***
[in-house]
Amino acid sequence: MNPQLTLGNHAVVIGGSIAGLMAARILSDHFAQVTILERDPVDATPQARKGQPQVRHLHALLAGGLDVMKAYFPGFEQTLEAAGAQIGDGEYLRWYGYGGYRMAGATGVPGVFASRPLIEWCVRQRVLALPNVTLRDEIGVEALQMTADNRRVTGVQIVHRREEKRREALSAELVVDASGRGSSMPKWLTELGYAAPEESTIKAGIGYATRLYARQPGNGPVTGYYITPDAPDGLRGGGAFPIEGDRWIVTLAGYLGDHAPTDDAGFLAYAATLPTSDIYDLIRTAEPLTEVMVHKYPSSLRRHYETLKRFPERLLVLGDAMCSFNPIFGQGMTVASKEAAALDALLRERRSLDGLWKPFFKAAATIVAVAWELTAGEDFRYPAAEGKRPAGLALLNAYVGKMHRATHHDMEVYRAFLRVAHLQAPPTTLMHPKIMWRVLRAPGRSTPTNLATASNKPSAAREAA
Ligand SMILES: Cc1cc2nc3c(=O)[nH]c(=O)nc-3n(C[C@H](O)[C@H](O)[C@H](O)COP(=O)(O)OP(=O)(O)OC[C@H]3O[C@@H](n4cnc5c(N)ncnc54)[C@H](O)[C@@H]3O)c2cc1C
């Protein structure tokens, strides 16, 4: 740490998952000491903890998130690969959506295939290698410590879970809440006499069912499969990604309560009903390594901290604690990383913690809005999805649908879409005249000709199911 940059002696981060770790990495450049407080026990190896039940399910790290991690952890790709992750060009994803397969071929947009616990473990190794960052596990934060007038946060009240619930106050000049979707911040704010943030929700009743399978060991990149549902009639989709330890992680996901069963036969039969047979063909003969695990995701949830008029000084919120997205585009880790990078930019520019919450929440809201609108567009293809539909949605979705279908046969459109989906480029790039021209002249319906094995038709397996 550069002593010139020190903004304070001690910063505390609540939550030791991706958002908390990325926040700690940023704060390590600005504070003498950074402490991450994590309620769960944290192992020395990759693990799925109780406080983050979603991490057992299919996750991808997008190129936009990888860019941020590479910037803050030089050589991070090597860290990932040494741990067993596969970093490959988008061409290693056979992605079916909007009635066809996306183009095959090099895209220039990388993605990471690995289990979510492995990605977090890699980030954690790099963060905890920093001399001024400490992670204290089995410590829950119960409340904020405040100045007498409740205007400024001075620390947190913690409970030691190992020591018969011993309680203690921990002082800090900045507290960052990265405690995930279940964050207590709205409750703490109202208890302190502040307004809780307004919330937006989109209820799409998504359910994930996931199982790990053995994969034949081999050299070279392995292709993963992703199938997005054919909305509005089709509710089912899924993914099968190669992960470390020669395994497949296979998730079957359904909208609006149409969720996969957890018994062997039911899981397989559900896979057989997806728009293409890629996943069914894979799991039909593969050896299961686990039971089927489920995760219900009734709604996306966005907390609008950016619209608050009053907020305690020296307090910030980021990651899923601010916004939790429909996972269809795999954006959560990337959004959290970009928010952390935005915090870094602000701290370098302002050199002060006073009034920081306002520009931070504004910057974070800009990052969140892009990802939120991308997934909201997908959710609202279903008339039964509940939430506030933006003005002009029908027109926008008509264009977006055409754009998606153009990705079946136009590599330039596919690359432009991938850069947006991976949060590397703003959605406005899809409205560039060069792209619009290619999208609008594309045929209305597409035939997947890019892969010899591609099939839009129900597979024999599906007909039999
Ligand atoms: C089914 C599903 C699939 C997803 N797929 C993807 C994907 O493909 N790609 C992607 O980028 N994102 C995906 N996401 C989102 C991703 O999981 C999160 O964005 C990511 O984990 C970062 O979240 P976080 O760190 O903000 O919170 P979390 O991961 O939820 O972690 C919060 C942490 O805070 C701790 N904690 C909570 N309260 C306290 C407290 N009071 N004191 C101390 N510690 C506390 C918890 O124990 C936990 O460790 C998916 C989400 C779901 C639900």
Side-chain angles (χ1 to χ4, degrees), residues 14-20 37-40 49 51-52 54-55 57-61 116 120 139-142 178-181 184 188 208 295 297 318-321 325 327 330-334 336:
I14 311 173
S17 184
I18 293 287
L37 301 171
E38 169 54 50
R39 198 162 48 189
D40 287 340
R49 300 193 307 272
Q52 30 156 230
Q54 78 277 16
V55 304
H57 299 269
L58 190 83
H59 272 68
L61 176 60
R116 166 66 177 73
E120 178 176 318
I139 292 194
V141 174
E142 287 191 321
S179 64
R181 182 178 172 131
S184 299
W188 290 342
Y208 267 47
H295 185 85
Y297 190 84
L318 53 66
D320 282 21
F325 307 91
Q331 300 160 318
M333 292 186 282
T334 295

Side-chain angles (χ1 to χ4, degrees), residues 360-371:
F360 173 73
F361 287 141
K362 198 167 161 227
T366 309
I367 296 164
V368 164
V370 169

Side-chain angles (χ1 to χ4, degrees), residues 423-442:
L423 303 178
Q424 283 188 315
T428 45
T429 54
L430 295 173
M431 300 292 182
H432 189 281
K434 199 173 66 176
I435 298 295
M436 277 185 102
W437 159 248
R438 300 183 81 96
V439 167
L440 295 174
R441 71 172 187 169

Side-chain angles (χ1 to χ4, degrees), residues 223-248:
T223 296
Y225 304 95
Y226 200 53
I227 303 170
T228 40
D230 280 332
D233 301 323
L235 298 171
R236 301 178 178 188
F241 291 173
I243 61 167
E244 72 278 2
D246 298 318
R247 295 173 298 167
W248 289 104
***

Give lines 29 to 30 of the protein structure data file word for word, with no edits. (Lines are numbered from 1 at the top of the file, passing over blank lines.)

S184 299
W188 290 342